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The Benefits Of Vitamin K Cream For Skin  


Vitamin K is a popular ingredient in skin care products. Vitamin K, like vitamin C, is an antioxidant that promotes smooth, firm skin. The best vitamin K creams include ingredients such as arnica to reduce swelling and bruising, caffeine to combat puffiness around the eyes, or retinol to increase vitamin K’s absorption.

Vitamin K is most often found in eye creams. This is because it can be used to brighten under-eye circles and reduce mild swelling. Vitamin K is also very effective in keeping skin smooth even due to its anti-inflammatory and antioxidant properties. Vitamin K can be applied to patients with “post-procedure bruises from cosmetic injections” as vitamin K’s blood-clotting properties can help reduce bruising faster.

Vitamin K is generally well-tolerated, and it’s not irritating. So, aside from watching for allergic reactions, there’s no reason to add this versatile ingredient to your skincare routine. Except if you’re pregnant, you avoid Vitamin K unless your healthcare provider tells you otherwise.

What is Vitamin K?

It is also known as phytonadione. Taken in supplement format As well as being consumed in our diet. Leafy greens such as kale, spinach, and cabbage are rich in vitamin K. The vast majority of people are vitamin K deficient. Vitamin K is fat-soluble, so those on low-fat diets will likely be especially low. Alcohol, even moderately, can decrease our body’s capacity to store it. Antibiotics can also affect how we absorb it.

Vitamin K’s Skin Benefits

Vitamin K is well-known for its numerous systemic benefits. However, the mechanism by which vitamin K works in the skin remains unclear. It is not yet clear if vitamin K can be used as a skincare ingredient. While she acknowledges that many studies have been conducted on vitamin K’s topical benefits, more research is necessary before conclusive conclusions can be drawn. Let’s get to the bottom of it. These claims are just rumors. Take them with grain. Here’s what vitamin K could do:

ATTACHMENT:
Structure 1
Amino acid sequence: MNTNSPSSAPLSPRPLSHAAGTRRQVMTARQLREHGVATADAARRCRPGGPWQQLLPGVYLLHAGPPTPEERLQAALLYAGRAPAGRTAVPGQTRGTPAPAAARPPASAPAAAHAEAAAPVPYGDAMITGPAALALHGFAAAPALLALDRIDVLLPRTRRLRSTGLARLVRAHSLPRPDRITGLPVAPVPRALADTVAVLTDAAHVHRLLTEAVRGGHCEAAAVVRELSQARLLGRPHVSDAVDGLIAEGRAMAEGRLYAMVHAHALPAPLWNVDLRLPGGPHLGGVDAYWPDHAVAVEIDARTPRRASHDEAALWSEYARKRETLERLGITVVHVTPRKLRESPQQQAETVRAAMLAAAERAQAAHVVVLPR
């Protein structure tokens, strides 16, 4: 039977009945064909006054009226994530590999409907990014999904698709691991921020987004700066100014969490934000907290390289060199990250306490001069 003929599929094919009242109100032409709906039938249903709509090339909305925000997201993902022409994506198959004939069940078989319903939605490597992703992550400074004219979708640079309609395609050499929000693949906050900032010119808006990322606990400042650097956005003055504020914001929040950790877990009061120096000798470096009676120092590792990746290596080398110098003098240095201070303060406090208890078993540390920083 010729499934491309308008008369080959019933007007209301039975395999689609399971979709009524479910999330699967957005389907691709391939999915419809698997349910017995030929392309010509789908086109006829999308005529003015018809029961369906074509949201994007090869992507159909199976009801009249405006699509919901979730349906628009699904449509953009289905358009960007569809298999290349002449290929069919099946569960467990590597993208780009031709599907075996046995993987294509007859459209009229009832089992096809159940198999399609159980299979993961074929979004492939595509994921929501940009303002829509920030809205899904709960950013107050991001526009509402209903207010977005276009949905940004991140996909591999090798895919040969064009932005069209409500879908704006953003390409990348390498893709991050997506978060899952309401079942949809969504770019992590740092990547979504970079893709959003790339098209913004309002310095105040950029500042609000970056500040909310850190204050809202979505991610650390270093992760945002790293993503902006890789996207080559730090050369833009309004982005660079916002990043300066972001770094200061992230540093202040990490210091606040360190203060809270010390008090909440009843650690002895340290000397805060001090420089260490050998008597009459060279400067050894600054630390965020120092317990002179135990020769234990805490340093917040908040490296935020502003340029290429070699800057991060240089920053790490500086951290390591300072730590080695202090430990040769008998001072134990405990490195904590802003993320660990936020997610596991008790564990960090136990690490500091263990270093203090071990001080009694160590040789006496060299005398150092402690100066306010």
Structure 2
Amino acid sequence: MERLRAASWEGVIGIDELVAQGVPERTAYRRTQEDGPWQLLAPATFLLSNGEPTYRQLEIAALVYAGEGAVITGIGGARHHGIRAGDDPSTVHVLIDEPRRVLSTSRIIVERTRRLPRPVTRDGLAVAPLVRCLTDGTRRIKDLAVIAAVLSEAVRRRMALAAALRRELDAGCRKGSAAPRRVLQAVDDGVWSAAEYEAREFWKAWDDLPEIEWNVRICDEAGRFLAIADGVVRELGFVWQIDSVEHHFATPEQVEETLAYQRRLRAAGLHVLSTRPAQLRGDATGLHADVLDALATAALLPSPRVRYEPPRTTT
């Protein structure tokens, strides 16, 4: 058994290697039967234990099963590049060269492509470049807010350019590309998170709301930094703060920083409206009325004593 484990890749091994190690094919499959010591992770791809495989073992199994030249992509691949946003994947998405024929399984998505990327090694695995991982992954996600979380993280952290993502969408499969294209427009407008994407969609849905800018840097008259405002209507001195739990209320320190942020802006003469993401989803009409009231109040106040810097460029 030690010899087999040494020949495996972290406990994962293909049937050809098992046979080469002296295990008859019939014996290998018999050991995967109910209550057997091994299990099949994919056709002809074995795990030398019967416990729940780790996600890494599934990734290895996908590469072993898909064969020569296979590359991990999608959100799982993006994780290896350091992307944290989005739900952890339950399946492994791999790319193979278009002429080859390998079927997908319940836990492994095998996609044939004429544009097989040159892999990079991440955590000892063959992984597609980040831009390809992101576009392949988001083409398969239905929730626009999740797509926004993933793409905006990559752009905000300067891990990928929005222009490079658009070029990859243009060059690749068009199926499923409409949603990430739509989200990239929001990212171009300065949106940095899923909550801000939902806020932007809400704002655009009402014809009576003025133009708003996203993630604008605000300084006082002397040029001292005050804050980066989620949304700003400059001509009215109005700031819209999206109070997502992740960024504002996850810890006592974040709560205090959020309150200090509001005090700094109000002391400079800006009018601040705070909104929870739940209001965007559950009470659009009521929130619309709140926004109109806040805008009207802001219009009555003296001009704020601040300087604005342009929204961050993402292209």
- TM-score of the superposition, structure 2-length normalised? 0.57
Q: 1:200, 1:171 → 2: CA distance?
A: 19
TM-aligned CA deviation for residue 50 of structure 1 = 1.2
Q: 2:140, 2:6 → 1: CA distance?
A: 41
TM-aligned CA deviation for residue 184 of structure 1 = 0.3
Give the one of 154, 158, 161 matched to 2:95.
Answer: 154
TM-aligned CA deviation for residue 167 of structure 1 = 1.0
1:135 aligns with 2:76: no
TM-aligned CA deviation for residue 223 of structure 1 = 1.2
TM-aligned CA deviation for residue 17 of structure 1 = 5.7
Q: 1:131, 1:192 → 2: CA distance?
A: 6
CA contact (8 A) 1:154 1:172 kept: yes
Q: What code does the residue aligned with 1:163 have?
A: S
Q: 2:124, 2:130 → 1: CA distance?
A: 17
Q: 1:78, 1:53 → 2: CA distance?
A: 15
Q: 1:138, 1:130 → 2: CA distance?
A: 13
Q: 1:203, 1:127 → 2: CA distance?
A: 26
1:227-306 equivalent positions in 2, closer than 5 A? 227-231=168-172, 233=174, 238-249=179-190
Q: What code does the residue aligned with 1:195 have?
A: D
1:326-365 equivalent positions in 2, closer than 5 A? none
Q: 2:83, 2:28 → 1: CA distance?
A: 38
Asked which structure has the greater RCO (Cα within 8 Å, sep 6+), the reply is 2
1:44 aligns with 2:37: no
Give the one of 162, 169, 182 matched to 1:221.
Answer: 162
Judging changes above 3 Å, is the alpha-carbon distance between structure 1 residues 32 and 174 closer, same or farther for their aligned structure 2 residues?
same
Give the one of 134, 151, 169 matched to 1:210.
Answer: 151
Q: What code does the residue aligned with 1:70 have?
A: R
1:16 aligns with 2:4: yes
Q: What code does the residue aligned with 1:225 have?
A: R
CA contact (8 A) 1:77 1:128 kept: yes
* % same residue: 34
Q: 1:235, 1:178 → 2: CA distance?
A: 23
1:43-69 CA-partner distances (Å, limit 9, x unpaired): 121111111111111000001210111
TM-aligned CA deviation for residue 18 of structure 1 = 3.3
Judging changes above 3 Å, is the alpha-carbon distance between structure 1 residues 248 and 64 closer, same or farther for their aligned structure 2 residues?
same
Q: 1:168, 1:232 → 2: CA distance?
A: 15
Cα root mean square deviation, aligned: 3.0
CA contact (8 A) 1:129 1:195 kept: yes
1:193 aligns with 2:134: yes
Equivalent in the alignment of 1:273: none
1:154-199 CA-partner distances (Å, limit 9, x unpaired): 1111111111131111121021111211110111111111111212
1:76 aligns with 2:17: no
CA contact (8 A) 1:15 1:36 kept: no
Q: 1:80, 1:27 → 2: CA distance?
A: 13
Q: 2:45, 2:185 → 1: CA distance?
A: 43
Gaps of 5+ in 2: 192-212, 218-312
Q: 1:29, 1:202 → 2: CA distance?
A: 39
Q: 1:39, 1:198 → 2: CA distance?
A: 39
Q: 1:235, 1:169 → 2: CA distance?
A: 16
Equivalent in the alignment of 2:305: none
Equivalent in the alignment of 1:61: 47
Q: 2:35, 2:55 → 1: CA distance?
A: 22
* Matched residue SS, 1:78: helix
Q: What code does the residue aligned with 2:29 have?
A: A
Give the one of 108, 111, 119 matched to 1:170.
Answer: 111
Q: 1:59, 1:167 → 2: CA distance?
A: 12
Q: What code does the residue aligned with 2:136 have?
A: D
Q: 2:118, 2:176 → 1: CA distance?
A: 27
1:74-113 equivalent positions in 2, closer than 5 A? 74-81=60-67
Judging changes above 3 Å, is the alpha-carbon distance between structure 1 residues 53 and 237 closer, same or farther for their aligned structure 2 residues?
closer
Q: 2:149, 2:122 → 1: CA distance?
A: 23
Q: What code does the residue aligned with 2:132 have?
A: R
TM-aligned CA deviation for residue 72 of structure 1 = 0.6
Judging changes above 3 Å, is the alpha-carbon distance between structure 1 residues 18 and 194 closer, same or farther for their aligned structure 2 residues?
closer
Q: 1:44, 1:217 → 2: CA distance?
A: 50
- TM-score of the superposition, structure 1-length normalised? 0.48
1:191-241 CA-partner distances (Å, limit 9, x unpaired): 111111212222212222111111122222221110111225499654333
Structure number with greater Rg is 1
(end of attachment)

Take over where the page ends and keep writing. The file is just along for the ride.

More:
• Promotes wound healing: Vitamin K “may improve wound healing by increasing the contraction of wounds and helping to form collagen and blood vessels.” (FYI: Wound contraction is basically a healing response that your body uses to determine how much skin needs repair or damage.
  • It may have antioxidant properties. Vitamin K has “redox properties.” This refers to the skin’s ability to detoxify reactive oxygen substances (also known as ROS), which are formed when we are exposed to UV rays or pollution.
  • Reduces under-eye circles. Most eye creams containing vitamin K claim to brighten the area under the eyes. This could be explained by the vitamin’s effects on blood clotting and the effect it has on blood that pools under the eye. Our experts disagreed on whether this benefit is legitimate. It’s great for people with dark circles or pigment under their eyes. A 2015 study showed that participants who used pads with vitamin K and caffeine in an oil base found a better appearance of dark circles and wrinkles. But there are limitations to the study. It is unclear if the dark circles improved due to vitamin K or the caffeine and the emu oils in the study.